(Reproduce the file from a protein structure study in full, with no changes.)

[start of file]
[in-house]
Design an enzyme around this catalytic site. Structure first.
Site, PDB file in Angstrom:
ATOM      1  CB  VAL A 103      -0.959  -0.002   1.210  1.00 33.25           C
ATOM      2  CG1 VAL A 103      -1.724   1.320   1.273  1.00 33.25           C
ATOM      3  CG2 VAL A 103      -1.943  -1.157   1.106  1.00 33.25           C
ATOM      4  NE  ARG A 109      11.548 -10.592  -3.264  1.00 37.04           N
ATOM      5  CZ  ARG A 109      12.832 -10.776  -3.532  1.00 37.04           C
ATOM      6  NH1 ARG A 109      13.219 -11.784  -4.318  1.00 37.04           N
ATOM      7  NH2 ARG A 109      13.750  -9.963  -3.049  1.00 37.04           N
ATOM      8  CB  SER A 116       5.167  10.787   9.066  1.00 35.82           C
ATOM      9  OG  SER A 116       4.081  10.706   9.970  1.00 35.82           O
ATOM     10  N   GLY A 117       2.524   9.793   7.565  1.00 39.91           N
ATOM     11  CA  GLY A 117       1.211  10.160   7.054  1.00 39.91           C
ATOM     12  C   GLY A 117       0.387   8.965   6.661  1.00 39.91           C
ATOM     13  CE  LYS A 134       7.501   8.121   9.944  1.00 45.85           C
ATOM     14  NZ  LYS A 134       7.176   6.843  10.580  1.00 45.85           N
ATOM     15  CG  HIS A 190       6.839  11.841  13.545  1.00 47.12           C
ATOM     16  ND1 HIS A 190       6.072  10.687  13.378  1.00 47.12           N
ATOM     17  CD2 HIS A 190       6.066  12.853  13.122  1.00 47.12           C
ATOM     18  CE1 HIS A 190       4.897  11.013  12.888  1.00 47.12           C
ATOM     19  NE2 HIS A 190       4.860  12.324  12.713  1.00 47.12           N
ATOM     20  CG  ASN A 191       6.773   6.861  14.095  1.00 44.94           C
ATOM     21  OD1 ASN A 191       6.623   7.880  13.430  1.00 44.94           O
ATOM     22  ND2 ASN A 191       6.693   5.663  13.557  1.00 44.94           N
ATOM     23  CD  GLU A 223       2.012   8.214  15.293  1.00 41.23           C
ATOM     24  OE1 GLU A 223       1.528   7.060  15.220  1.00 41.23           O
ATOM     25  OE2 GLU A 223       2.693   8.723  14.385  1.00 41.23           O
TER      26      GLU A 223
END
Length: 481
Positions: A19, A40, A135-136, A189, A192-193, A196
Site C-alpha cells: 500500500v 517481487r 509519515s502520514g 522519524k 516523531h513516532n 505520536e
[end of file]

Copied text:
[in-house]
Design an enzyme around this catalytic site. Structure first.
Site, PDB file in Angstrom:
ATOM      1  CB  VAL A 103      -0.959  -0.002   1.210  1.00 33.25           C
ATOM      2  CG1 VAL A 103      -1.724   1.320   1.273  1.00 33.25           C
ATOM      3  CG2 VAL A 103      -1.943  -1.157   1.106  1.00 33.25           C
ATOM      4  NE  ARG A 109      11.548 -10.592  -3.264  1.00 37.04           N
ATOM      5  CZ  ARG A 109      12.832 -10.776  -3.532  1.00 37.04           C
ATOM      6  NH1 ARG A 109      13.219 -11.784  -4.318  1.00 37.04           N
ATOM      7  NH2 ARG A 109      13.750  -9.963  -3.049  1.00 37.04           N
ATOM      8  CB  SER A 116       5.167  10.787   9.066  1.00 35.82           C
ATOM      9  OG  SER A 116       4.081  10.706   9.970  1.00 35.82           O
ATOM     10  N   GLY A 117       2.524   9.793   7.565  1.00 39.91           N
ATOM     11  CA  GLY A 117       1.211  10.160   7.054  1.00 39.91           C
ATOM     12  C   GLY A 117       0.387   8.965   6.661  1.00 39.91           C
ATOM     13  CE  LYS A 134       7.501   8.121   9.944  1.00 45.85           C
ATOM     14  NZ  LYS A 134       7.176   6.843  10.580  1.00 45.85           N
ATOM     15  CG  HIS A 190       6.839  11.841  13.545  1.00 47.12           C
ATOM     16  ND1 HIS A 190       6.072  10.687  13.378  1.00 47.12           N
ATOM     17  CD2 HIS A 190       6.066  12.853  13.122  1.00 47.12           C
ATOM     18  CE1 HIS A 190       4.897  11.013  12.888  1.00 47.12           C
ATOM     19  NE2 HIS A 190       4.860  12.324  12.713  1.00 47.12           N
ATOM     20  CG  ASN A 191       6.773   6.861  14.095  1.00 44.94           C
ATOM     21  OD1 ASN A 191       6.623   7.880  13.430  1.00 44.94           O
ATOM     22  ND2 ASN A 191       6.693   5.663  13.557  1.00 44.94           N
ATOM     23  CD  GLU A 223       2.012   8.214  15.293  1.00 41.23           C
ATOM     24  OE1 GLU A 223       1.528   7.060  15.220  1.00 41.23           O
ATOM     25  OE2 GLU A 223       2.693   8.723  14.385  1.00 41.23           O
TER      26      GLU A 223
END
Length: 481
Positions: A19, A40, A135-136, A189, A192-193, A196
Site C-alpha cells: 500500500v 517481487r 509519515s502520514g 522519524k 516523531h513516532n 505520536e